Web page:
According to Elder Scott, what is a principle? Why is finding principles in the scriptures so important?
Explain that principles and doctrines of the gospel of Jesus Christ are fundamental, unchanging truths that provide guidance for our lives. Doctrines and principles are what the Lord and His prophets intended us to learn from the revelations, sermons, and events recorded in the scriptures.
To help students discover an example of a doctrine or principle taught in the scriptures, invite them to reflect on Joseph Smith’s First Vision. Ask them if they can identify a simple truth we can learn from Joseph Smith’s experience. Students may identify a variety of doctrines and principles. The following truth is one example: If we pray in faith, God will answer our prayers.
Display a piece of fruit that must be peeled before it can be eaten (for example, a banana or an orange).
What must you do before you can use this object for its intended purpose? (Remove the outer covering.)
If the important and useful part of this object is on the inside, what is the purpose of the outer covering? (To preserve and transport the contents.)
Explain that the fruit within the peel can be compared to the doctrines and principles found in the scriptures. The outer covering can be likened to the events, people, and sermons of the scriptures. Much like the peel preserves and helps transport the fruit inside, these scriptural accounts convey gospel doctrines and principles to us in a way that helps us understand, remember, and apply them in our lives.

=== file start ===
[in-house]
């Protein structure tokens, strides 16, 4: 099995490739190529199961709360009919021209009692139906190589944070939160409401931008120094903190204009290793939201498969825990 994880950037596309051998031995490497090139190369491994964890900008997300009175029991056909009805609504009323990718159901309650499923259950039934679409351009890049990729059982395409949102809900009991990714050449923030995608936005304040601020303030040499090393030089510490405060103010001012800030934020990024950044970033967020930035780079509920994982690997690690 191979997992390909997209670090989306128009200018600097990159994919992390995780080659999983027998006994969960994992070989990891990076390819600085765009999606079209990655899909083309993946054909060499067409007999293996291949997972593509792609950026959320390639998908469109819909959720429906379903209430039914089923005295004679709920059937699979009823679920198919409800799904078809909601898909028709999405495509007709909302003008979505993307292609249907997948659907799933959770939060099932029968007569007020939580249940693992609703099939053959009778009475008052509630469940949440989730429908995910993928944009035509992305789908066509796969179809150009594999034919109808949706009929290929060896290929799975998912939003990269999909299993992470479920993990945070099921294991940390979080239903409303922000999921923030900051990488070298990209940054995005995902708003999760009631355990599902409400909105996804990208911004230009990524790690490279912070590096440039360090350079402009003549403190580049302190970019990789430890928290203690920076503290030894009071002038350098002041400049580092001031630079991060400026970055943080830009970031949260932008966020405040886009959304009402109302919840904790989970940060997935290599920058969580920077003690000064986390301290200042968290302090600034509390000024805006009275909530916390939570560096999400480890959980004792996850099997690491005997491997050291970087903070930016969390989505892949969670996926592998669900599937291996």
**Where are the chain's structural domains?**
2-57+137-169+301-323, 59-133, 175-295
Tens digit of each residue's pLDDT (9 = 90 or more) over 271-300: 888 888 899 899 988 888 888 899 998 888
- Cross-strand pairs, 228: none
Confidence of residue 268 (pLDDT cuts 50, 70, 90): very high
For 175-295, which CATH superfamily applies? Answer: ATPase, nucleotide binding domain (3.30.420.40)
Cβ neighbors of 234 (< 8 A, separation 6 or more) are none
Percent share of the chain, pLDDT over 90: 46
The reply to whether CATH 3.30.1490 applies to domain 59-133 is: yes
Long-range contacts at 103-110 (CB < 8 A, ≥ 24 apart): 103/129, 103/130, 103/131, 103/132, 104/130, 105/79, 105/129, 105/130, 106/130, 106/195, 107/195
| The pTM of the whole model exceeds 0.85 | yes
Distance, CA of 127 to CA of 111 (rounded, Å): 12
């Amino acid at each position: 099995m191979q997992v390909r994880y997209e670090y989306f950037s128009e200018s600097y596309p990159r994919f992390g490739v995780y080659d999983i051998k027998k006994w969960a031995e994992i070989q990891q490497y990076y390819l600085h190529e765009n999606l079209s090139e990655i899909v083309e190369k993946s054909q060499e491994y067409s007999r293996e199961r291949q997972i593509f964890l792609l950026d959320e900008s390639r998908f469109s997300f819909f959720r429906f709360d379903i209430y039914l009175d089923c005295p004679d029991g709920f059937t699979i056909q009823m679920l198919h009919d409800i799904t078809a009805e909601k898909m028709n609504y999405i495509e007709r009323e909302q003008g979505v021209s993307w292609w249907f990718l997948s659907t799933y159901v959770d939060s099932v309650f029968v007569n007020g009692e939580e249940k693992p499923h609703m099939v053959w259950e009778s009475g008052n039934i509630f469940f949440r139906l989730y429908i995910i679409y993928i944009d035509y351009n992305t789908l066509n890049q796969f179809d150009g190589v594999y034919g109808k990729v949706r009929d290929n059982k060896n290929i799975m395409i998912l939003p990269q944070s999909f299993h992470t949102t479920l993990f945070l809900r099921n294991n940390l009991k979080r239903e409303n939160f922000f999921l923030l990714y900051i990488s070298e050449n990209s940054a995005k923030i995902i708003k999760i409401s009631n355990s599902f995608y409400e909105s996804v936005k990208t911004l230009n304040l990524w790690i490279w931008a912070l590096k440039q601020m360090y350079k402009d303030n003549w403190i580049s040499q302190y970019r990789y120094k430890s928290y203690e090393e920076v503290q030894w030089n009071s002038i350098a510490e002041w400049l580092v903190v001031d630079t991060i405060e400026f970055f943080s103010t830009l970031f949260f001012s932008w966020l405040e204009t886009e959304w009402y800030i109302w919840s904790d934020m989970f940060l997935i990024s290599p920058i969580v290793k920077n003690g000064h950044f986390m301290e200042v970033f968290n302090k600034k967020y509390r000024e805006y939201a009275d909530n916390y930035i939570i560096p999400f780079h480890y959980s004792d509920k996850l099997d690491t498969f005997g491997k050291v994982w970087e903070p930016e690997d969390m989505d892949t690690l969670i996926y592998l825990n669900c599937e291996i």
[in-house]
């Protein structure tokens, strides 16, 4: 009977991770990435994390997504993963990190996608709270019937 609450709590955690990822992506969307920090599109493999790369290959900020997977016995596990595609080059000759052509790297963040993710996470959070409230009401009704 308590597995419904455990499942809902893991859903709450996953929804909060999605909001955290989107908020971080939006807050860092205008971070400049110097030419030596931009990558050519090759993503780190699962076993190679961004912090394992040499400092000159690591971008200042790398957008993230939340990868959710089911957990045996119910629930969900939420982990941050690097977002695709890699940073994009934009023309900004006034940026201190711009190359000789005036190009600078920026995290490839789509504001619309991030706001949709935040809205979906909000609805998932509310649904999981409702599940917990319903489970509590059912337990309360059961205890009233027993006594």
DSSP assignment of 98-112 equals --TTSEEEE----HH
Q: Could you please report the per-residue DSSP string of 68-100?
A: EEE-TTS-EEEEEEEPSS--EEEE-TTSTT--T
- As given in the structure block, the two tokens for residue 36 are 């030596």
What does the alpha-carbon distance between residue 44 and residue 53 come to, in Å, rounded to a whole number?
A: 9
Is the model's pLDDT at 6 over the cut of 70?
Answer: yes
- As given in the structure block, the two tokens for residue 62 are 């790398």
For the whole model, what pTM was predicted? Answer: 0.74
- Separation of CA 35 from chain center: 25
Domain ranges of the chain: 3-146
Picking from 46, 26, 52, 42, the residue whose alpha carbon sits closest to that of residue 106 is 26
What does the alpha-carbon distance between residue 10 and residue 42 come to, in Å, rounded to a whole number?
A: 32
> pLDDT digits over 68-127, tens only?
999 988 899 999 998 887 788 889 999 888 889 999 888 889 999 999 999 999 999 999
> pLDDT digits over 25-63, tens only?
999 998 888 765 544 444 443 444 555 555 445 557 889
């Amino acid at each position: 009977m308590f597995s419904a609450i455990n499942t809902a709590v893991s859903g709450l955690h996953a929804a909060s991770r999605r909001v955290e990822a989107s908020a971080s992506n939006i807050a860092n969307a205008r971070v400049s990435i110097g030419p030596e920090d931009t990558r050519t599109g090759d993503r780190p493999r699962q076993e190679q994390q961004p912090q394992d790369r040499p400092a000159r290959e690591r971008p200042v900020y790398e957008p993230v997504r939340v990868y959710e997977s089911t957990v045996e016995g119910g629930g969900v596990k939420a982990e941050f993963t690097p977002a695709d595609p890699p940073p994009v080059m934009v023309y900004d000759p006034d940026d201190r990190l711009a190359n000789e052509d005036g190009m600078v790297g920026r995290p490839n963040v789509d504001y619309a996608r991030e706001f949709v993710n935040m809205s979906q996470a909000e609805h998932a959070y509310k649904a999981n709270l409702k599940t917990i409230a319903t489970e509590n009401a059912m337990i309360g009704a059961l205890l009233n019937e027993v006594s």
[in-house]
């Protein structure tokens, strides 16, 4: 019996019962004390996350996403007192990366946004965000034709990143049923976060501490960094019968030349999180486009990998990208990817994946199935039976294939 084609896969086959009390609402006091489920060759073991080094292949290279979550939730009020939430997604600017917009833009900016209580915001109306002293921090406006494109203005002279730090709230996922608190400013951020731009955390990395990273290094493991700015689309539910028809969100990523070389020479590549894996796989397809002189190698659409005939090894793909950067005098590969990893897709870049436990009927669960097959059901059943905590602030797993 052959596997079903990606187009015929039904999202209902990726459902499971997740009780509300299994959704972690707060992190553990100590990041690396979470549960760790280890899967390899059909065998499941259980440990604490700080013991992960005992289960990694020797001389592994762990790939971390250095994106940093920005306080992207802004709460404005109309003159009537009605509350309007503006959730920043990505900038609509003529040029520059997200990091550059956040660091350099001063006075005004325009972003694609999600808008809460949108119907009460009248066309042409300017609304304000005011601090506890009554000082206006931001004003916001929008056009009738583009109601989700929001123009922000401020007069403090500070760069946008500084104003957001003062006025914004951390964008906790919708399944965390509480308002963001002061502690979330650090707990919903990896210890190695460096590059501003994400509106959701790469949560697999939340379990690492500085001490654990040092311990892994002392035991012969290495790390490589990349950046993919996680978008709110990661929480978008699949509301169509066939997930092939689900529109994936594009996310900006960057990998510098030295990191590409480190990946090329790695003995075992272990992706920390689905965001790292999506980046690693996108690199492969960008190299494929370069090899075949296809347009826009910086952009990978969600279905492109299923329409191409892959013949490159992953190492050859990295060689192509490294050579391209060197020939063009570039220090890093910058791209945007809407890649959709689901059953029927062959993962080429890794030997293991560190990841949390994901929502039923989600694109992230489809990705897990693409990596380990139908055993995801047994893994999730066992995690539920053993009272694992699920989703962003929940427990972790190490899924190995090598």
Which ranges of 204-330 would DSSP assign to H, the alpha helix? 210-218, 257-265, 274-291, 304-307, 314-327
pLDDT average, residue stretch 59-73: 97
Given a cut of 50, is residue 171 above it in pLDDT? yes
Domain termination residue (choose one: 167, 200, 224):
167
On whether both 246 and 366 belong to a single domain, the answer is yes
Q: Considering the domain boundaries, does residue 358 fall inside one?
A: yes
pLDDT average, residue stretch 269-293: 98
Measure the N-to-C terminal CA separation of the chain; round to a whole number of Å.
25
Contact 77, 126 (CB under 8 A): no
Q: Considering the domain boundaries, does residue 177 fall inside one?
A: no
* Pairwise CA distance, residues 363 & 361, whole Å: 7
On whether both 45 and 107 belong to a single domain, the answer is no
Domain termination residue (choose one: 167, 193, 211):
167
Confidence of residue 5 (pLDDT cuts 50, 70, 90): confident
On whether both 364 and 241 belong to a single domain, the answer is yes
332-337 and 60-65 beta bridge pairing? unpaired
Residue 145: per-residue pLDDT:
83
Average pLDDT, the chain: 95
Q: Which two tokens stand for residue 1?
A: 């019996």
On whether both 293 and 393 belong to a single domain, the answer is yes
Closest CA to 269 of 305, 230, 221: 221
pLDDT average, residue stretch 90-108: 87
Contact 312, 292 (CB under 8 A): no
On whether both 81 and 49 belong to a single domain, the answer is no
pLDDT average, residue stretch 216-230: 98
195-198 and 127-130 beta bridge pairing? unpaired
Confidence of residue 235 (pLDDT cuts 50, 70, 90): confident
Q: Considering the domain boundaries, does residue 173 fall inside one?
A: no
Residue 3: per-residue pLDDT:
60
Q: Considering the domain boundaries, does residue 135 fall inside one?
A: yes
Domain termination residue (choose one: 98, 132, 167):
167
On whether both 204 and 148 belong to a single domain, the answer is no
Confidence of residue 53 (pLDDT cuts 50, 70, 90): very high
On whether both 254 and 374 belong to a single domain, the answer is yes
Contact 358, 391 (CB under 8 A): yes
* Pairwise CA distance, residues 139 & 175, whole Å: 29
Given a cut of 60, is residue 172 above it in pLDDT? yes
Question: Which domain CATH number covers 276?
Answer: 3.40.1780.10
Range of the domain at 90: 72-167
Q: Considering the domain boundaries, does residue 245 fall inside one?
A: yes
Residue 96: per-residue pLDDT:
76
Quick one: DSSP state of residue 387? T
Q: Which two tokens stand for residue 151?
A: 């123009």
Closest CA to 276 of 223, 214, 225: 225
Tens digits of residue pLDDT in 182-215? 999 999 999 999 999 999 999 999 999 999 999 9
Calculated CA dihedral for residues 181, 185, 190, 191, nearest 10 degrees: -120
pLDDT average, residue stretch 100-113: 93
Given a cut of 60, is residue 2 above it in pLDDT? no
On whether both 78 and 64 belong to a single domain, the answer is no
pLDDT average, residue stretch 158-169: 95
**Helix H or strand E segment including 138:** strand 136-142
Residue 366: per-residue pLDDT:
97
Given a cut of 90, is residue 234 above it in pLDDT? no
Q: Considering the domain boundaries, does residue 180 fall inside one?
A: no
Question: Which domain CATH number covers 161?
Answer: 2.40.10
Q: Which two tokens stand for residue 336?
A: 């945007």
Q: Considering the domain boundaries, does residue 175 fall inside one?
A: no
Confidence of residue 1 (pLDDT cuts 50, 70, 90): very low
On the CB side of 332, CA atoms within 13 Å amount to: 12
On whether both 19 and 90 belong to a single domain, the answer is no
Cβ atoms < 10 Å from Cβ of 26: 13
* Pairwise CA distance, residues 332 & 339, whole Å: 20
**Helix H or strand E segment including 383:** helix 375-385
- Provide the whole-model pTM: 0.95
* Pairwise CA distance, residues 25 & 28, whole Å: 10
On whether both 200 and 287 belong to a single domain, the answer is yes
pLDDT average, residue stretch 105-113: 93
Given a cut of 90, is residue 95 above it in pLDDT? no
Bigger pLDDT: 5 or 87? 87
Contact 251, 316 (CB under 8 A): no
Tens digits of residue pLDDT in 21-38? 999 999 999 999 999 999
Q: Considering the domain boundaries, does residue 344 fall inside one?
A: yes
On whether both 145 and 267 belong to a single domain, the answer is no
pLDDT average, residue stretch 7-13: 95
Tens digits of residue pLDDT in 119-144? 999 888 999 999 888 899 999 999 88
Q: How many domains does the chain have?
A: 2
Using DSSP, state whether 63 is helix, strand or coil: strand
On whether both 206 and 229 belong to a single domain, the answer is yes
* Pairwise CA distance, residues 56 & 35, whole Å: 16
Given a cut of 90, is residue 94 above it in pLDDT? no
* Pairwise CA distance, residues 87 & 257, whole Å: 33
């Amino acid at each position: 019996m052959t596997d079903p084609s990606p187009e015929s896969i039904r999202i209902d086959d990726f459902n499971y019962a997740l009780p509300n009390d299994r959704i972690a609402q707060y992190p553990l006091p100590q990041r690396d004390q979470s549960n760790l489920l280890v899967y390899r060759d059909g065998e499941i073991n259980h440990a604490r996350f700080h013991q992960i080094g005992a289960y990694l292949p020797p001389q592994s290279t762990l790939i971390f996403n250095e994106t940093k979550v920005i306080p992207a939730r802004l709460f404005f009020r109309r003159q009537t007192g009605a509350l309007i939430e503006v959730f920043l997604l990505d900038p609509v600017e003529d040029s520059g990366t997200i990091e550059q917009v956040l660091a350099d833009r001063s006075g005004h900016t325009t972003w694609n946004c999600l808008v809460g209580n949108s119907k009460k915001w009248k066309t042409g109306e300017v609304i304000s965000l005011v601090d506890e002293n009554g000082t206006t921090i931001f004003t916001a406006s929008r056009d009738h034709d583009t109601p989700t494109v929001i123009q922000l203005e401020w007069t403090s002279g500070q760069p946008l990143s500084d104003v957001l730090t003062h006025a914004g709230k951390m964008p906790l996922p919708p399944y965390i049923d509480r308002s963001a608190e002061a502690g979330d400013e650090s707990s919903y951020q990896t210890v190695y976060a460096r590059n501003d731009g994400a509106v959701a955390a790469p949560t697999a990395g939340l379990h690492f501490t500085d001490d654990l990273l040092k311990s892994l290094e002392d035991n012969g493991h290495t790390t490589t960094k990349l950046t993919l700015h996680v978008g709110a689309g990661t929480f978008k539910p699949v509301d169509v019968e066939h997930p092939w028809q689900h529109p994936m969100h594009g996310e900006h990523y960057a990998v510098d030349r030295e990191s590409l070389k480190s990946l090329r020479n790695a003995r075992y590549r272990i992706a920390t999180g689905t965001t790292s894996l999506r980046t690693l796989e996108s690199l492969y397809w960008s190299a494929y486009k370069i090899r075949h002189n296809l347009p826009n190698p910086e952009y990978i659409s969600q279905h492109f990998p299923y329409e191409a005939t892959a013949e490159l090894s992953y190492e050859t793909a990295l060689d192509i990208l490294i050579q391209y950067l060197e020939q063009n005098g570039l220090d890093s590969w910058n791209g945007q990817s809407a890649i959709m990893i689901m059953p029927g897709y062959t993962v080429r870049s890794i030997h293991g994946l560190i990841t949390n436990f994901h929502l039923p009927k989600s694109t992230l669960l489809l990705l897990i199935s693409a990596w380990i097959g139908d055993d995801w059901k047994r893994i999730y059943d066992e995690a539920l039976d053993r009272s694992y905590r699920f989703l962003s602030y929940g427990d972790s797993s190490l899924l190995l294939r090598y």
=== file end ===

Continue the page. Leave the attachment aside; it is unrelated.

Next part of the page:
Ask students to share what they have done to help them gain a better understanding of the setting, story line, events, and other details of the scriptures. (You may want to list some of their ideas on the board.) After students have shared a few ideas, explain the following scripture study skills to the class and take a few minutes to practice them.
Historical setting: Explain that each section of the Doctrine and Covenants includes a section introduction that describes concerns, questions, or historical events associated with the revelation in that section. Knowing these details can help us understand the revelation.
To demonstrate how knowing these details can increase our understanding of a revelation, invite a few students to take turns reading aloud from Doctrine and Covenants 121:1–8. Then ask students to read the section introduction silently, looking for information that helps them understand these verses.